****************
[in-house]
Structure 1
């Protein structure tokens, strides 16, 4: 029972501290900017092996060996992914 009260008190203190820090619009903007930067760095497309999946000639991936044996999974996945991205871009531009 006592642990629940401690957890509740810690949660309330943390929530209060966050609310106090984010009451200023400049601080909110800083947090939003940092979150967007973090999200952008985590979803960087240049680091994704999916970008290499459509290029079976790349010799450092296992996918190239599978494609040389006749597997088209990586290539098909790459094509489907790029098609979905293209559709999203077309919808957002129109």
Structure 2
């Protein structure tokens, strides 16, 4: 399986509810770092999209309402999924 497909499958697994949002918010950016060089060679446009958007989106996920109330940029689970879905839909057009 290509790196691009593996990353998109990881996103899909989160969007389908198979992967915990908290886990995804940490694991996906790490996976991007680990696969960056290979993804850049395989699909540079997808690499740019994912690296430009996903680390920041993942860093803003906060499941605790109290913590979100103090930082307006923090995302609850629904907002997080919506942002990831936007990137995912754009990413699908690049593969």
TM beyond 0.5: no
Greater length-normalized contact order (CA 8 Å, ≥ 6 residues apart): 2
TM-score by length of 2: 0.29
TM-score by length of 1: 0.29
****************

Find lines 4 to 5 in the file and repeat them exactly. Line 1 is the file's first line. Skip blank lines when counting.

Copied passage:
Structure 2
């Protein structure tokens, strides 16, 4: 399986509810770092999209309402999924 497909499958697994949002918010950016060089060679446009958007989106996920109330940029689970879905839909057009 290509790196691009593996990353998109990881996103899909989160969007389908198979992967915990908290886990995804940490694991996906790490996976991007680990696969960056290979993804850049395989699909540079997808690499740019994912690296430009996903680390920041993942860093803003906060499941605790109290913590979100103090930082307006923090995302609850629904907002997080919506942002990831936007990137995912754009990413699908690049593969």